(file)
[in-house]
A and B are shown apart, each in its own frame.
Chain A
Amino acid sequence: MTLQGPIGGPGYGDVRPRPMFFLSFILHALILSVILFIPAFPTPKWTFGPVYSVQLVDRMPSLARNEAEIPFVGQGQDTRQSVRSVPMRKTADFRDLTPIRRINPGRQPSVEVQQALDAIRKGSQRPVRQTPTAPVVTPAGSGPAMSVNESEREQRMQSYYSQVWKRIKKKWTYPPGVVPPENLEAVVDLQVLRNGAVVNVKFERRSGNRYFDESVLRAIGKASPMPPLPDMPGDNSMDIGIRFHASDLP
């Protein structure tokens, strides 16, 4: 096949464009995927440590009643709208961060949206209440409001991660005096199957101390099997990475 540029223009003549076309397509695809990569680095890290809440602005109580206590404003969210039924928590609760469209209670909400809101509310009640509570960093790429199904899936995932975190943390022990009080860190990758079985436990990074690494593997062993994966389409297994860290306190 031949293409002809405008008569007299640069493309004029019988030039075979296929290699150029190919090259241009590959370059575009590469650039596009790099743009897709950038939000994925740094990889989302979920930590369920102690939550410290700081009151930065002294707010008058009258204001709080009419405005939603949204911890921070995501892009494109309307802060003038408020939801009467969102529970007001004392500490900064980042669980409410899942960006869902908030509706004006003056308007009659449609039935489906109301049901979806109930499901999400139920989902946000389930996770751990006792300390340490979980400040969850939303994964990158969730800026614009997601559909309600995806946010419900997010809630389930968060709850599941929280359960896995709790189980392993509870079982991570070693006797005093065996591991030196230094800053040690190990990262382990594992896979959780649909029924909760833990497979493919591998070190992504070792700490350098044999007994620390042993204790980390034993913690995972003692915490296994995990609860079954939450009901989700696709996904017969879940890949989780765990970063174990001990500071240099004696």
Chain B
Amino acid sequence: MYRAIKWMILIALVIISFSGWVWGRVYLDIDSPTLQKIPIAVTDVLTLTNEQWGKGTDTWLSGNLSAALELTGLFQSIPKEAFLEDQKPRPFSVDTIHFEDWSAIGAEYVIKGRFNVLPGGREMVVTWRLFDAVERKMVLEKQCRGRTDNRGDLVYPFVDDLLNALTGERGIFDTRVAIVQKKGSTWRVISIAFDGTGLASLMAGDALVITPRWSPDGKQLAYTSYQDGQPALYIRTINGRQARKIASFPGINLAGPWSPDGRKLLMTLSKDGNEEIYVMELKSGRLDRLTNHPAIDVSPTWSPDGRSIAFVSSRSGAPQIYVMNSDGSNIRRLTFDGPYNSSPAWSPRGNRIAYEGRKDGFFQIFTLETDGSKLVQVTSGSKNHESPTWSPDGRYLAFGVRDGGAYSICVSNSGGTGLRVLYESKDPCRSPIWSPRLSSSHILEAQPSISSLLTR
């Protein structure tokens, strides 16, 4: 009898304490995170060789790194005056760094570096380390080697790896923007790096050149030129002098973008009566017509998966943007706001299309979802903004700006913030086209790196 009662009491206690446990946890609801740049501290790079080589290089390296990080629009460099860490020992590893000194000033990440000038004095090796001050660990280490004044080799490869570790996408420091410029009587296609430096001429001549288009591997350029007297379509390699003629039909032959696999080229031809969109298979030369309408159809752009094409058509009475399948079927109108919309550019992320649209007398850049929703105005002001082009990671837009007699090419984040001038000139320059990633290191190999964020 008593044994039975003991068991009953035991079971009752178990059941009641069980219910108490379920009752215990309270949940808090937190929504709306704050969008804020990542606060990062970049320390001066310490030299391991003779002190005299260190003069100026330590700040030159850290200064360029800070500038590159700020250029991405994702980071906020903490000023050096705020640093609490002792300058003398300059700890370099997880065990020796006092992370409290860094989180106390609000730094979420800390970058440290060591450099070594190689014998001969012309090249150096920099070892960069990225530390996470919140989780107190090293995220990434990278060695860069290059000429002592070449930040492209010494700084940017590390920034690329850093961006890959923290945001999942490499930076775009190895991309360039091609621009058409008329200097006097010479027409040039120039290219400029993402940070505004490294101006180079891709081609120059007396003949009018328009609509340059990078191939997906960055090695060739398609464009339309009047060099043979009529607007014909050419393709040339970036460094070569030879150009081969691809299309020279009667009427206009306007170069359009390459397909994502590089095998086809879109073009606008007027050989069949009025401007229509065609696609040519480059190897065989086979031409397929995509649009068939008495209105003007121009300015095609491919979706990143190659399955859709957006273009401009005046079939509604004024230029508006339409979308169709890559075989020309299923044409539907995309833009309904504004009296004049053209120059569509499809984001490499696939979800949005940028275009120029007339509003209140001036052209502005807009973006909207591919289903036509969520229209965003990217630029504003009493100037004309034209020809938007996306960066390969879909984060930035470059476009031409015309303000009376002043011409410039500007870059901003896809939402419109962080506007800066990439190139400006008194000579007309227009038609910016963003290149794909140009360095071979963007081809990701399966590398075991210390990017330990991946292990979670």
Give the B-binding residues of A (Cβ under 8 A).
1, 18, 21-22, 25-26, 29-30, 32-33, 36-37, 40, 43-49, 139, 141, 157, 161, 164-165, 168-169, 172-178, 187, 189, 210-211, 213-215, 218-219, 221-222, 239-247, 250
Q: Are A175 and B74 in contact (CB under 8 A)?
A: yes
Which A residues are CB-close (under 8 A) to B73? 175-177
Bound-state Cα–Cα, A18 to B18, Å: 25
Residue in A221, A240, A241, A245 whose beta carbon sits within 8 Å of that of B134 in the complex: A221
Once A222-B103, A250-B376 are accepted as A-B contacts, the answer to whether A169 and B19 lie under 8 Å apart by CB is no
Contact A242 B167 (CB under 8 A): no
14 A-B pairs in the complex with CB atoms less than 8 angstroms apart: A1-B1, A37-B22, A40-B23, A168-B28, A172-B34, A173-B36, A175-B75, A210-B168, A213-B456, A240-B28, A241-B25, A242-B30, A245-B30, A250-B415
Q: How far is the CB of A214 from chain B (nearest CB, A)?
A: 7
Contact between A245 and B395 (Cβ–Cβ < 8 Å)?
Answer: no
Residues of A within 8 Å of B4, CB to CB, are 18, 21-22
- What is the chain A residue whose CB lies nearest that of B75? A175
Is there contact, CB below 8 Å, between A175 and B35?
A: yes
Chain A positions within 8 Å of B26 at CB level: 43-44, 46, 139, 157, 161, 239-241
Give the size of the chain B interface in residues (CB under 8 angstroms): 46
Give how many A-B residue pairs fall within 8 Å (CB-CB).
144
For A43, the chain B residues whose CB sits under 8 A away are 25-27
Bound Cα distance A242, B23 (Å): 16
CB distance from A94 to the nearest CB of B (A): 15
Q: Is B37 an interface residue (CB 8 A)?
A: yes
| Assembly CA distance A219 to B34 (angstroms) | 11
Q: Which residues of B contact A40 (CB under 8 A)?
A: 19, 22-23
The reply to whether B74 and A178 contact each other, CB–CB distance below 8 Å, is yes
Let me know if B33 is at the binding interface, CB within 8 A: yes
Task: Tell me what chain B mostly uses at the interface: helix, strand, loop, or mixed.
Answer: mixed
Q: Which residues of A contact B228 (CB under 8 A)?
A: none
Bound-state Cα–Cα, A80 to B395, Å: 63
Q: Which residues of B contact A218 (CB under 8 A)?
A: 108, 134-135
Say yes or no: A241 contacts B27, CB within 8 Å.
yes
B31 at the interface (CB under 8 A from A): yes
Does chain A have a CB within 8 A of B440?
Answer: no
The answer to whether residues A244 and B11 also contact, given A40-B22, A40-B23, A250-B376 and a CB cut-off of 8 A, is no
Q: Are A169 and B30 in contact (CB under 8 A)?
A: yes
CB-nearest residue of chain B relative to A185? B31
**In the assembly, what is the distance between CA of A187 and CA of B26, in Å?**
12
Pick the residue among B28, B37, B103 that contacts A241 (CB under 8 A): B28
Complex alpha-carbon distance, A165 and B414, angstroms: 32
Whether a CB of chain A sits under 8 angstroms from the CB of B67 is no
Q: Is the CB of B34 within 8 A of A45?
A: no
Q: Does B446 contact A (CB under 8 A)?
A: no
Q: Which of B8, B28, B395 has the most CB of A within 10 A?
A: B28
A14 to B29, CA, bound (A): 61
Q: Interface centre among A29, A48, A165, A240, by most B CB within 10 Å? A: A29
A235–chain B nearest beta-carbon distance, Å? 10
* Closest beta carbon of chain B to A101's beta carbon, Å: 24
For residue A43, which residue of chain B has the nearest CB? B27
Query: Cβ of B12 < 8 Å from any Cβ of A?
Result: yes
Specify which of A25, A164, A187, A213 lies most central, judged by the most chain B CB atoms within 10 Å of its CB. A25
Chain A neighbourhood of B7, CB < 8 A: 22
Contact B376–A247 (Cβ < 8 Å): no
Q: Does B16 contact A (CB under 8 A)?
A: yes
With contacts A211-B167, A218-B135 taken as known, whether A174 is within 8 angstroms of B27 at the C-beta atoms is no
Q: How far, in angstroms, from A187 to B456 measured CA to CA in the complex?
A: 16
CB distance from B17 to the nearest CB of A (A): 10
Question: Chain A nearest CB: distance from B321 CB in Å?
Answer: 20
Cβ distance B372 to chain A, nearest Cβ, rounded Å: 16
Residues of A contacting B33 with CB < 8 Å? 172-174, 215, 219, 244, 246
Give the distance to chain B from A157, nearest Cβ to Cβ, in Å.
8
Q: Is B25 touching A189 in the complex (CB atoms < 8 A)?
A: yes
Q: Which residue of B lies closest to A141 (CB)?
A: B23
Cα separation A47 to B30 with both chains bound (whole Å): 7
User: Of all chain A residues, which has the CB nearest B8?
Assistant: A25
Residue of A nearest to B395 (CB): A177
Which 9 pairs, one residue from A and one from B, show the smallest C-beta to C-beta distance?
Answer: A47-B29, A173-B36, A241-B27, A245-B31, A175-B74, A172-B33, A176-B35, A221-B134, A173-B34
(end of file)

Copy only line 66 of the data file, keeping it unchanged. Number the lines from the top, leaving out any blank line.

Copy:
Q: Which of B8, B28, B395 has the most CB of A within 10 A?